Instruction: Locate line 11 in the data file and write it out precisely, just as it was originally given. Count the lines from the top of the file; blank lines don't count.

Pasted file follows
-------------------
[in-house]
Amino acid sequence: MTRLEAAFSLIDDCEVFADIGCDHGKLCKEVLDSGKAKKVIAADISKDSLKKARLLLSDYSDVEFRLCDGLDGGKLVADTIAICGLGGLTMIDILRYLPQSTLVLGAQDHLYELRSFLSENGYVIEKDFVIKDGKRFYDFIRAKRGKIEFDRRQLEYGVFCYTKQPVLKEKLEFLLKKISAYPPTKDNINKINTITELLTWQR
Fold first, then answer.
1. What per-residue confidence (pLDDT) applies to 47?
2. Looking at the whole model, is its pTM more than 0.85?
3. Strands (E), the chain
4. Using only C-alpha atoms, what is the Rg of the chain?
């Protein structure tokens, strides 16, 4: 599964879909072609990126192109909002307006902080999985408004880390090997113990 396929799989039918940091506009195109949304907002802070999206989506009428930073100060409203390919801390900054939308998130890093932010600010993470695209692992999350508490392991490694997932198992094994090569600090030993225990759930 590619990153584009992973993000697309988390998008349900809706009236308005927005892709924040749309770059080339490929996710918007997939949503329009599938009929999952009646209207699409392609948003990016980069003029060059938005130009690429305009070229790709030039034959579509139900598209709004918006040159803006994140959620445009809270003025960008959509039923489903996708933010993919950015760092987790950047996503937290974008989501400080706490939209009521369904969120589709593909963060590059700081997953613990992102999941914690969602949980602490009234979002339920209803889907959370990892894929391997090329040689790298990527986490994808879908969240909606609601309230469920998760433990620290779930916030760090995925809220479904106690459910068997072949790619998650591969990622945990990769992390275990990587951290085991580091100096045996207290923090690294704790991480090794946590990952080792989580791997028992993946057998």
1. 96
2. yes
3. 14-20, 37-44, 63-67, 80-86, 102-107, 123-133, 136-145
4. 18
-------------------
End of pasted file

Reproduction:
3. 14-20, 37-44, 63-67, 80-86, 102-107, 123-133, 136-145